My pilates teacher, who is a really good friend of mine, I was talking to her about it and I realized that her husband is a really great VP, editor and director. So I thought, “Maybe I’ll just get Alex to come over and take some pictures or hold my phone.” Then I thought, “Wait, why don’t I just have Alex shoot it?” It was just really simple. We had a really easy shoot. It was just me, Stephanie, Alex and his assistant and hair and makeup. There was no other crew. It was all just very chill. I think it came out really well and I’m excited about it. The music video is more reflective of the tone of the album cover. So I think there’s an enigmatic quality that pulls you in that’s not necessarily reflected in our live show. Our live show we have facial expressions and every song is choreographed full-on. The video is different from the live show but I think the video is reflective of a weirdness that is inherent in my and Stephanie’s take on music.

BLADE: Lots of actors have musical side projects. Did you ever fear that the public wouldn’t take you seriously when you embarked on Nancy and Beth?

MULLALLY: Oh, I know they won’t. Nobody gives a shit if an actor does music. If a musician wants to act, people are like, “Oh my god. Amazing, brilliant.” If an actor reveals that they also have a musical side people are like, “Please, take your childish musical aspirations elsewhere.”

Well the fact of the matter is that I, and probably many other actors who also would like to express themselves musically, that was my start. I was into music way before I even thought about acting. I was in a ballet company. I was a serious ballet dancer for years also. I have done three musicals on Broadway and two of them were before “Will & Grace.” So two of them were before I was ever known as an actress on television. I think I’ve said that I came out the womb in a top hat and tap shoes. I’ve always loved music. Music has been the driving force in my creative life. It’s just that the public at large has no idea. They have not seen me in a Broadway musical. They don’t know anything about me being a singer. I’ve done a lot of concert singing. Singing is really my first, or maybe my best, thing. People don’t know that and that’s not their fault. It’s just the way it is. I don’t expect to ever sell one ticket, one record or anything. So each ticket or record that gets sold, I’m like, “Great. Bonus.”

BLADE: The last time you were on tour with Nancy and Beth your husband came along. Is he coming along this time?

MULLALLY: He is. Sometimes he’ll make an appearance during the show so we’ll see what happens. He’s our roadie.

BLADE: Fans are super excited for the “Will & Grace” reboot. Was it easy to slip back into the role of Karen Walker after so long?

MULLALLY: Frighteningly easy. I never doubted that it would be, but I also never thought there would be any reason for it to be. It never crossed any of our minds that the show would come back as the same exact show on the same exact network because that’s never happened before.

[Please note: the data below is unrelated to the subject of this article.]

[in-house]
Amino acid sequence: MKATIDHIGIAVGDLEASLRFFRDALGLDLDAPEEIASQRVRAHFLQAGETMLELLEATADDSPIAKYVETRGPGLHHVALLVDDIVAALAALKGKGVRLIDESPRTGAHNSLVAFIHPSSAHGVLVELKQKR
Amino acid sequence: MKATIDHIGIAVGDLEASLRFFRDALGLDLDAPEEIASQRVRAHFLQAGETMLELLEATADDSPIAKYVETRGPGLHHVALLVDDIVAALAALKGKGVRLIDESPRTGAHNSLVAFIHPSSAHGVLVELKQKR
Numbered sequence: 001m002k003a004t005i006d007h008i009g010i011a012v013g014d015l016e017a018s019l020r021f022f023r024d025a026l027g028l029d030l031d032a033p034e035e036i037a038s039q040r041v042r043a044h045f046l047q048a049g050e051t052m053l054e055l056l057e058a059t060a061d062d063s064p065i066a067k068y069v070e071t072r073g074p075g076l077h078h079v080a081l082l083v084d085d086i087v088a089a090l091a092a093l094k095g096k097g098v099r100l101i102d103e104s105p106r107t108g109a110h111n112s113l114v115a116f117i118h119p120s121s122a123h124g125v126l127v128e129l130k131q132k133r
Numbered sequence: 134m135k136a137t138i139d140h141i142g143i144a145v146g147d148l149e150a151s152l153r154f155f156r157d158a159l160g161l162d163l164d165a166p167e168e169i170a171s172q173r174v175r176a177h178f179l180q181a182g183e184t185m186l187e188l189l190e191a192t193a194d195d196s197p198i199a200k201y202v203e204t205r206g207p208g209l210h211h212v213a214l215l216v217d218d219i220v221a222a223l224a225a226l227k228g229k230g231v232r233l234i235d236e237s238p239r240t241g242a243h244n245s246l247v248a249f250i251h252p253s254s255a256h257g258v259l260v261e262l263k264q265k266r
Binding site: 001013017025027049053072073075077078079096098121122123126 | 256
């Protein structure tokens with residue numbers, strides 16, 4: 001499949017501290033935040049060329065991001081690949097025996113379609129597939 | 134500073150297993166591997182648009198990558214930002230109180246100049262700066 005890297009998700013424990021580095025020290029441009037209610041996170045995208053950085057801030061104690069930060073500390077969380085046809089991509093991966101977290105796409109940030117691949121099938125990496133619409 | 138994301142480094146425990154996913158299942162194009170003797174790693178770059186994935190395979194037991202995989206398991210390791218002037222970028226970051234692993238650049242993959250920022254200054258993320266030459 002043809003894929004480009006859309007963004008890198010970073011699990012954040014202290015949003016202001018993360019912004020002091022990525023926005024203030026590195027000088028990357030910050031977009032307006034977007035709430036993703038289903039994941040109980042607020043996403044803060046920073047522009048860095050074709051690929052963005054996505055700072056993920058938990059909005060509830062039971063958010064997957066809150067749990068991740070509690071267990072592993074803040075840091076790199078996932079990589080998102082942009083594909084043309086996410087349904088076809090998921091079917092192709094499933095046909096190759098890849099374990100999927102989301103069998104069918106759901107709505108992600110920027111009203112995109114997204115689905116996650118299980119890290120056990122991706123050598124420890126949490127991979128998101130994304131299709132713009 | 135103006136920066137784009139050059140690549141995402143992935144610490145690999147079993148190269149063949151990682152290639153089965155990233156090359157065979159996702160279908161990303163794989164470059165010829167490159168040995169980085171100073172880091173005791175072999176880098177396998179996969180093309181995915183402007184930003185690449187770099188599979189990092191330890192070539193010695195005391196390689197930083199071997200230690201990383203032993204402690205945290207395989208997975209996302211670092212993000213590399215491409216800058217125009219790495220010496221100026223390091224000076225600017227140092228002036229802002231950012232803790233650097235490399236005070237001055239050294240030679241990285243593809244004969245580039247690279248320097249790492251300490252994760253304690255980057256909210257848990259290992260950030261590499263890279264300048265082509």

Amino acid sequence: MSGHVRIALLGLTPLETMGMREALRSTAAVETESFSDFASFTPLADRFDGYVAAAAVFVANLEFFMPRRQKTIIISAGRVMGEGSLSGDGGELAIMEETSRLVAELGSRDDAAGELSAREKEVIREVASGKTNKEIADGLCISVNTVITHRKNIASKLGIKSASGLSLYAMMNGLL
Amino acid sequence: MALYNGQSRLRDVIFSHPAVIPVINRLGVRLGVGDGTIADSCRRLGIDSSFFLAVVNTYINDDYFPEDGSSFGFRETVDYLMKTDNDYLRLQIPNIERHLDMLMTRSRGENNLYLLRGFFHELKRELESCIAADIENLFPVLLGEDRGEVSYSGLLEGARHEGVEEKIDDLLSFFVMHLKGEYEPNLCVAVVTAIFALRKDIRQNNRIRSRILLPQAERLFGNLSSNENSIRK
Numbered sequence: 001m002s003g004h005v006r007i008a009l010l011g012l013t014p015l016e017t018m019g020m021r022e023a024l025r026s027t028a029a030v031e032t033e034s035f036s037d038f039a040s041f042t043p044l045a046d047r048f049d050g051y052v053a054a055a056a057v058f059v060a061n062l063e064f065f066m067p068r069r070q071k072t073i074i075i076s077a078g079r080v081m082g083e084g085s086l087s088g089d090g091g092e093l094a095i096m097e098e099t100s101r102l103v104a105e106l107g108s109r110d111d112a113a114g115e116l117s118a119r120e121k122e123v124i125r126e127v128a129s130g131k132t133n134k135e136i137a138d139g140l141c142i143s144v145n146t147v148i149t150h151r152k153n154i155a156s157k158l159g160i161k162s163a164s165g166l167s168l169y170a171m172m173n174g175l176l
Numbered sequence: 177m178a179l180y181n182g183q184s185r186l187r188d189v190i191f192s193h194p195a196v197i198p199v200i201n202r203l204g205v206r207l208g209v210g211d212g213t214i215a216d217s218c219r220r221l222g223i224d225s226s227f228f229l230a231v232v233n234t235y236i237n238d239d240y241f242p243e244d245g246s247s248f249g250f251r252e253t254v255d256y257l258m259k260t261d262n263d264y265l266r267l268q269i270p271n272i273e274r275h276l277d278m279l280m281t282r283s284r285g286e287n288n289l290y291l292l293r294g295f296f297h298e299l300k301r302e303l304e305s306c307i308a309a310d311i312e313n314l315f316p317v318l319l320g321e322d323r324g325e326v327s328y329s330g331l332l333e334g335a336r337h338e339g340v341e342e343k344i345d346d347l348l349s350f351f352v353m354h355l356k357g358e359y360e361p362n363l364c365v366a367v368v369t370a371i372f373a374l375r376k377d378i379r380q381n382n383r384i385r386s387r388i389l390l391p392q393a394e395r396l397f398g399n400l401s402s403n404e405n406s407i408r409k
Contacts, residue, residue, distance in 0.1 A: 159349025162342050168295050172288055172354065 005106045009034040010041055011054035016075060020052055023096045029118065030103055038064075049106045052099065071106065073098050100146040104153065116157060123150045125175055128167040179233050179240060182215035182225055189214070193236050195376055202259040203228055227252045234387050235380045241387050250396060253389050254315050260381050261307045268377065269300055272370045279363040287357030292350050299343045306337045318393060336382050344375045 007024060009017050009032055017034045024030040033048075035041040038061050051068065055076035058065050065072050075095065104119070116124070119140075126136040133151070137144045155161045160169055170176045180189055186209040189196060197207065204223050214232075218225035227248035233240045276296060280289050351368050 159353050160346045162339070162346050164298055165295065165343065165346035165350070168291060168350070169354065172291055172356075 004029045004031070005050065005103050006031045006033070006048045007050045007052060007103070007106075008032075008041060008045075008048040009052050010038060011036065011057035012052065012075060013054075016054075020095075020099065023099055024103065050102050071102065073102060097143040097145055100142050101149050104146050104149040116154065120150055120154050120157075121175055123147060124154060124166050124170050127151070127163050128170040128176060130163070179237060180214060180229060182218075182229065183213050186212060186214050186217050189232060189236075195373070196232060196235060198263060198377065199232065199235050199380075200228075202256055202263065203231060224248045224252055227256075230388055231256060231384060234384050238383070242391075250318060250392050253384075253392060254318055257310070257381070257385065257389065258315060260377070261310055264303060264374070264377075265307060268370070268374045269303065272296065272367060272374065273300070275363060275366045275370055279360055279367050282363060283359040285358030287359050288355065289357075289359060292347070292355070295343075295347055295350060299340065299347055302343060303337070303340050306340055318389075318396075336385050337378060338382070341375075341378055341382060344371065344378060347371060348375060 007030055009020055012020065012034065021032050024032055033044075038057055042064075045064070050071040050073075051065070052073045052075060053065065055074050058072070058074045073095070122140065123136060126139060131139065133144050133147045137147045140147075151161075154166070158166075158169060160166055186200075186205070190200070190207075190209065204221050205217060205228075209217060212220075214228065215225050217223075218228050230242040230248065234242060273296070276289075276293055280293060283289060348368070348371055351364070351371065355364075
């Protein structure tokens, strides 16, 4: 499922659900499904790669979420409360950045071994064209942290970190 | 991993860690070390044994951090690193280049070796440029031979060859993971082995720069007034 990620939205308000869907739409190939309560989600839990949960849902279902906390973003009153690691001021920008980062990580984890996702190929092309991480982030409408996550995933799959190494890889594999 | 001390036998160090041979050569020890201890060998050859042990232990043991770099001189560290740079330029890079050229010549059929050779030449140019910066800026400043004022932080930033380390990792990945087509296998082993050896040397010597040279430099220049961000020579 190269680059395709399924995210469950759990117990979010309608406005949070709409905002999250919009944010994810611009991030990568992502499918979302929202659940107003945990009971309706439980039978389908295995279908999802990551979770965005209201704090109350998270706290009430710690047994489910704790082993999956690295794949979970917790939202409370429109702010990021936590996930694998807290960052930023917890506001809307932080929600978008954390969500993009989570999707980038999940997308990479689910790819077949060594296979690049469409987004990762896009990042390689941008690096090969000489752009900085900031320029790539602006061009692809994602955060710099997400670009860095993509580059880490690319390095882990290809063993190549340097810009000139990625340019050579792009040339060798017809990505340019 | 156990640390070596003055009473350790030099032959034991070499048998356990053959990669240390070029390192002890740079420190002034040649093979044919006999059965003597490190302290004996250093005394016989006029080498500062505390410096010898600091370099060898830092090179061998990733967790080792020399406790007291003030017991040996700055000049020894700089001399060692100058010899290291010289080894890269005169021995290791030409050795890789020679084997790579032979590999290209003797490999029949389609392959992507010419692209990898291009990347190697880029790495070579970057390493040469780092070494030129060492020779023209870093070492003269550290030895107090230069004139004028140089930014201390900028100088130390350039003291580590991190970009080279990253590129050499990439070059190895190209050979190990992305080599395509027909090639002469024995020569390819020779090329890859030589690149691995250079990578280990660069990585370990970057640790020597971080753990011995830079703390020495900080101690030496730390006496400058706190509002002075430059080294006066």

Although I did feel Karen was living a happy existence in some kind of alternative universe. It never occurred to me that universe would then be on NBC. It’s very exciting. I think the weirdest thing about the whole reboot is the fact that it doesn’t feel weird. It seems totally normal like we were just here two days ago, we went away for the weekend and we came back on a Monday. We’ve only had like two photoshoots and we’ve already just been like, “Hey” when we walk in like no time has gone by. We just had a photoshoot and I walked in and Eric (McCormack) and Sean (Hayes) were sitting there and I was like, “Hey guys” as I was heading to my dressing room. I came back and was like, “Wait a minute. No crazy casual, ‘Hey guys.’” This is great, we’re doing this. It’s crazy. It’s pretty fun. We’re already back to total, full-time groping, humping and laughing hysterically. It’s bizarre, nothing has changed.

BLADE: You’ve performed in D.C. before with your husband. What about D.C. makes it different from other cities you’ve performed in?

MULLALLY: I love D.C. as a city. I love performing there, the audiences there are great. I have a good friend who lives in D.C. She just organized this huge benefit for D.C. Public Libraries and they had two stages, music going all night, speakers, art installations. She sent me some stuff about it afterwards and one of the articles that was written about it had said how great it was that you live in a city where reading and libraries and that aspect of the culture, as well as all other aspects, are celebrated and all go hand in hand. I think that’s why D.C. is a great city for us to perform. I find our band entertaining across the board for all different kinds of audiences but at the same time its an eclectic band. I think the fact that we’re able to entertain everyone equally is a bonus so D.C. is a great city for that.

(Photo courtesy of Kid Logic Media)